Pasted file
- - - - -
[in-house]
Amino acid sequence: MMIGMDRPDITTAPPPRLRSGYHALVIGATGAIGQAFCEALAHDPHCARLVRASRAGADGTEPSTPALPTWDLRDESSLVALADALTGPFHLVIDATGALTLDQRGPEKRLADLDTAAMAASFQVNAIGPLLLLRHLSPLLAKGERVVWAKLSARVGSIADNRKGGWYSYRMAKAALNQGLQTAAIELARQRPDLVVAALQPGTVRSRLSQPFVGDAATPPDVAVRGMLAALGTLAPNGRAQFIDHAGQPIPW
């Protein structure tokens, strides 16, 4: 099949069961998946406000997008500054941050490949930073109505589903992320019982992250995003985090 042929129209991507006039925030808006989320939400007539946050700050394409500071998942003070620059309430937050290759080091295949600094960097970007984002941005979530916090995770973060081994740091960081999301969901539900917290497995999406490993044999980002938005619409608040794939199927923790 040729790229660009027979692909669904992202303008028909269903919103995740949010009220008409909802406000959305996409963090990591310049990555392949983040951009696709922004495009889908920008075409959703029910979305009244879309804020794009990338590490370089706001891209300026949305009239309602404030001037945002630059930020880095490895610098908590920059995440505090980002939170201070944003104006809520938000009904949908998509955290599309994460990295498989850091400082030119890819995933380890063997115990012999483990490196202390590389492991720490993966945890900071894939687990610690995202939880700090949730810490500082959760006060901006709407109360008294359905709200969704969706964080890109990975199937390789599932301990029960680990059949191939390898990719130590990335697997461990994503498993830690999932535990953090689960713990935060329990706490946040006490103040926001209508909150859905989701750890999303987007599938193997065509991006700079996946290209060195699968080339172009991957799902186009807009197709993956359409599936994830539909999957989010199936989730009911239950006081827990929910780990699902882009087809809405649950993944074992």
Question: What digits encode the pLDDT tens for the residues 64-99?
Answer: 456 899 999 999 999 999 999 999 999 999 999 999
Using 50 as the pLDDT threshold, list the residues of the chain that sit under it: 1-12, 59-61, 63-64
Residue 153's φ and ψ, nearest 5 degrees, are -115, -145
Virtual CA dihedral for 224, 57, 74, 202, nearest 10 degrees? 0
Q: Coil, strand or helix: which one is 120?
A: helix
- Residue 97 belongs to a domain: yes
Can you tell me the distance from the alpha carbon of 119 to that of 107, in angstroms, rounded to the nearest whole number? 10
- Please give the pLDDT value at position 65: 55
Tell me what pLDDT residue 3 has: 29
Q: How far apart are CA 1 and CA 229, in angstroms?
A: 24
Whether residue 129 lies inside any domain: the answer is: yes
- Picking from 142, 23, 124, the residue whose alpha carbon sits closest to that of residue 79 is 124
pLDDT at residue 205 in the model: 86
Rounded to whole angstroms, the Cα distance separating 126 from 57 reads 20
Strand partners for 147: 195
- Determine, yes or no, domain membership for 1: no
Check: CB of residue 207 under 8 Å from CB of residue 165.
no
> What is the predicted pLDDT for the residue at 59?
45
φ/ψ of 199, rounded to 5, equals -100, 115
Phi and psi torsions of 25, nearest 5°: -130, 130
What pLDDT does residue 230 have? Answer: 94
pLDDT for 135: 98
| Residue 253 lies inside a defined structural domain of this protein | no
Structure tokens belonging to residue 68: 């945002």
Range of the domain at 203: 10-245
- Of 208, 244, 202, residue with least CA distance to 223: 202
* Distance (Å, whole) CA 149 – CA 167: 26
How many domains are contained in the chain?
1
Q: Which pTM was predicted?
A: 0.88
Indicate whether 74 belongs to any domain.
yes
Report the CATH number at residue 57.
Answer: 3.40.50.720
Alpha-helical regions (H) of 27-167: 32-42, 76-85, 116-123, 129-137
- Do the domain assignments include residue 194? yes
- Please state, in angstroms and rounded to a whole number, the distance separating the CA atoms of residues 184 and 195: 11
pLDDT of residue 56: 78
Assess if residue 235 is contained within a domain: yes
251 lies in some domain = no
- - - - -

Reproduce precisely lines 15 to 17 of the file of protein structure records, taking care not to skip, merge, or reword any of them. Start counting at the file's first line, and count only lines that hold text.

Q: How far apart are CA 1 and CA 229, in angstroms?
A: 24
Whether residue 129 lies inside any domain: the answer is: yes